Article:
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Posts Tagged ‘india

FY 2011 H-1B Update Count (10/15/10)

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As of October 15, 2010, approximately 42,800 H-1B cap-subject petitions were receipted. Additionally, USCIS has receipted 15,700 H-1B petitions for aliens with advanced degrees.

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Written by MithrasLaw

October 25, 2010 at 11:30 am

FY 2011 H-1B Update Count (10/1)

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As of  October 1, 2010, approximately 40,600 H-1B cap subject petitions were receipted. Additionally, USCIS has receipted 14,900 H-1B petitions for aliens with advanced degrees.

Written by MithrasLaw

October 8, 2010 at 5:41 am

H-1B update for May 2010

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U.S. Citizenship and Immigration Services (USCIS) in its most recent update has announced that as of May 11, 2010, approximately 18,000 H-1B cap-subject petitions were filed. Additionally, USCIS has received 7,600 H-1B petitions for aliens with advanced degrees.

USCIS continues to accept H-1B non-immigrant petitions subject to the Fiscal Year 2011 (FY 2011) cap. Once the USCIS receives the necessary number of petitions to meet the cap, it will issue an update that the FY 2011 H-1B cap has been met.

Petitions filed by employers who are exempt from the cap or petitions filed on behalf of current H-1B workers who have been counted previously against the cap within the past six years will not count toward the congressionally mandated H-1B cap.

Our office continues to accept new H-1B cases as long as the H-1B cap remains open. Please contact our office if you are interested in being a client of ours.

Written by MithrasLaw

May 13, 2010 at 11:33 am

H-1B update for FY 2011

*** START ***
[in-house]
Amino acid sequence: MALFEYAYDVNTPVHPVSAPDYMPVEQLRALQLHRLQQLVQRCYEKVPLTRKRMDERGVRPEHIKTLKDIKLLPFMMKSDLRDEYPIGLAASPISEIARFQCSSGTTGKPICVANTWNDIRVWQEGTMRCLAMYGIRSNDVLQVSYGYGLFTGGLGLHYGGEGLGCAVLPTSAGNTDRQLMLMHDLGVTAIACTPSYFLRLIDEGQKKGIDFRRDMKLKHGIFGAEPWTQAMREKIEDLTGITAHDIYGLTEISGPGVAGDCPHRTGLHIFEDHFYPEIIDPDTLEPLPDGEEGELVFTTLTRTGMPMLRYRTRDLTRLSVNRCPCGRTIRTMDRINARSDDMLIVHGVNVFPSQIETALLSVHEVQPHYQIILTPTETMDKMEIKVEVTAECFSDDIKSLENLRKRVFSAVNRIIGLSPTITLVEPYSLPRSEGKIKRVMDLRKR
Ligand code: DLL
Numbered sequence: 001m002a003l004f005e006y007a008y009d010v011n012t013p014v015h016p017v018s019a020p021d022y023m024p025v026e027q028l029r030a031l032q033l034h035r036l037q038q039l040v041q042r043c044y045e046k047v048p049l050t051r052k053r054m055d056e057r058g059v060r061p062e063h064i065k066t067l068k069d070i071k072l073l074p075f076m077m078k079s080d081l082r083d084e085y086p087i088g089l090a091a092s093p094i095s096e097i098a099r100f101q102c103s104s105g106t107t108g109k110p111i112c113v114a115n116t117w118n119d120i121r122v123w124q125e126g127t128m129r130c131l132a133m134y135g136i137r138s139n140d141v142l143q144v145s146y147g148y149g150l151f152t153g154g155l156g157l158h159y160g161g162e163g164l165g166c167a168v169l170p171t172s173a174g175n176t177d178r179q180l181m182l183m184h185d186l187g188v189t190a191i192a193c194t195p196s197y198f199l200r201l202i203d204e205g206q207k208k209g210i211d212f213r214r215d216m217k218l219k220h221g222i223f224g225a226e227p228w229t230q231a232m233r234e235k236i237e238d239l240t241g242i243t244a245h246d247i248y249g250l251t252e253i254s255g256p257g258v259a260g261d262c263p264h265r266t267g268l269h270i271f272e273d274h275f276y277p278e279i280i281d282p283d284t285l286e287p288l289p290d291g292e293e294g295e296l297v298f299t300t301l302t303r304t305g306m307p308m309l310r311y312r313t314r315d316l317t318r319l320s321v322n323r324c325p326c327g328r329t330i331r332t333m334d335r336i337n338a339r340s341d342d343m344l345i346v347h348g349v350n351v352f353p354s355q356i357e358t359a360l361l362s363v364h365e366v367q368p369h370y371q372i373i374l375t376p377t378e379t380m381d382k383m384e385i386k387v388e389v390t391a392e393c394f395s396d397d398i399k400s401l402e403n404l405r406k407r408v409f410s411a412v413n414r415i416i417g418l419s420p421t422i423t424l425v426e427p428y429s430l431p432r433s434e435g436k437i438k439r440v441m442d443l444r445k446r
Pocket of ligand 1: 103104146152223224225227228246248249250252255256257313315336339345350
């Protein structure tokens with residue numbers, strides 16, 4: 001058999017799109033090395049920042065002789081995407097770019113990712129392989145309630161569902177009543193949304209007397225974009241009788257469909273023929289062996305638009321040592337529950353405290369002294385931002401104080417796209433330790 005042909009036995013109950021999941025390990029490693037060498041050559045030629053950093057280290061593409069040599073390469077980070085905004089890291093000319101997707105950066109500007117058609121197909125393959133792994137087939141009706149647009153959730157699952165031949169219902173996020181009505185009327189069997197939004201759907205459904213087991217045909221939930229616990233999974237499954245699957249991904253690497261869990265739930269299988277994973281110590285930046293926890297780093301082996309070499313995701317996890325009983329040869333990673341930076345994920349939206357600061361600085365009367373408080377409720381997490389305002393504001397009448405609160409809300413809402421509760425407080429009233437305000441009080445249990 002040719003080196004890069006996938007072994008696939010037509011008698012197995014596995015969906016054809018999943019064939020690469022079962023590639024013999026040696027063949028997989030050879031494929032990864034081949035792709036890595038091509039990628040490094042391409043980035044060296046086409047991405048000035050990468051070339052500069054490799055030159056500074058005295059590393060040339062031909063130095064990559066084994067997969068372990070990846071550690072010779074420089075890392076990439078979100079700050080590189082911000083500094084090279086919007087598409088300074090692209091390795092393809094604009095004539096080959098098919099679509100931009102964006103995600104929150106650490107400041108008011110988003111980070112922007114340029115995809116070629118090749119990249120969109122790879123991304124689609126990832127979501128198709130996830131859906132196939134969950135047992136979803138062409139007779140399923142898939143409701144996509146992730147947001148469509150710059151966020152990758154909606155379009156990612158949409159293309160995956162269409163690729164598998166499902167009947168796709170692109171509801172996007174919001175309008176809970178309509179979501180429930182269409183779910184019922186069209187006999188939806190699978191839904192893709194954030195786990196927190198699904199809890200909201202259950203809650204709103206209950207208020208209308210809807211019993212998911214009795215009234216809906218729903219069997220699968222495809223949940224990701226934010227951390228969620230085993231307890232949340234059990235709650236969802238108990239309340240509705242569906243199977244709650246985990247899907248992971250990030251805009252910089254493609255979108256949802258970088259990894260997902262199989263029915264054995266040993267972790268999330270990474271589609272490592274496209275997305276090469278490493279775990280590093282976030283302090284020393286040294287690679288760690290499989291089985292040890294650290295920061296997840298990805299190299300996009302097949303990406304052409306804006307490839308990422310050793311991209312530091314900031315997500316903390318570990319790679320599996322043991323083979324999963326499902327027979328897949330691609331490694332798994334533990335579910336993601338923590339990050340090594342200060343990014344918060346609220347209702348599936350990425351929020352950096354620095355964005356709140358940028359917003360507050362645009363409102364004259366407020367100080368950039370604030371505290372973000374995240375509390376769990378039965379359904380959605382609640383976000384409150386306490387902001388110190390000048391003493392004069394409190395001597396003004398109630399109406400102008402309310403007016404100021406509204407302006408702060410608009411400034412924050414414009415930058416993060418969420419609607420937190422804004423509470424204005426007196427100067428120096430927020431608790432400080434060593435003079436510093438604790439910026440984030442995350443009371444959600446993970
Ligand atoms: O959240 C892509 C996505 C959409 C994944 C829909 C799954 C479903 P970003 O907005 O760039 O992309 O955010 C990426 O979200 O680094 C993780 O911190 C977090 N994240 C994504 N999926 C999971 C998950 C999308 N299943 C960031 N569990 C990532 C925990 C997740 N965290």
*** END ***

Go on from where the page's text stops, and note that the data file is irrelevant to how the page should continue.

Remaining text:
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U.S. Citizenship and Immigration Services (USCIS) in its most recent update has announced that as of April 15, 2010, approximately 13,600 H-1B cap-subject petitions had been filed.  USCIS has received 5,800 H-1B petitions for aliens with advanced degrees against a cap of 20,000 master’s degree or higher education exemption.
USCIS continues to accept H-1B non-immigrant petitions subject to the Fiscal Year 2011 (FY 2011) cap. Once the USCIS receives the necessary number of petitions to meet the cap, it will issue an update that the FY 2011 H-1B cap has been met.
Petitions filed by employers who are exempt from the cap or petitions filed on behalf of current H-1B workers who have been counted previously against the cap within the past six years will not count toward the congressionally mandated H-1B cap.
Our office continues to accept new H-1B cases as long as the H-1B cap remains open. Please contact our office if you are interested in being a client of ours.

Written by MithrasLaw

April 27, 2010 at 1:51 pm

H-1B Tougher Standards – Conference recording

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Thank you to all those who participated in our webinar.

As you may know, that in  USCIS memo issued in January 2010 significantly alters as to what constitutes a valid employer-employee relationship to qualify for the H-1B ‘specialty occupation’ classification.   Below is mp3 link to the webinar conference recording if you would like to revisit the information or share it with someone.

http://www.mithraslaw.com/podcast/MithrasLawGroup_H-1b_Webinar_Feb_23_2010.mp3

Written by MithrasLaw

February 25, 2010 at 10:39 am

Visiting India as a Foreign National – Know the Registration Requirements:

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Who should register?

All foreigners including foreigners of Indian origin visiting India on long term (more than 180 days) are required to get themselves registered with concerned Registration Officer within 14 days of his/her first arrival, irrespective of the duration of their stay.

These categories include:

a. Student visa(S) (including those coming for study of Yoga, Vedic Culture, Indian system of dance and Music),
b. Research Visa(R)
c. Employment Visa(E)
d. Medical(M)
e. Medical Attendant(MX) and
f. Missionary Visa (M)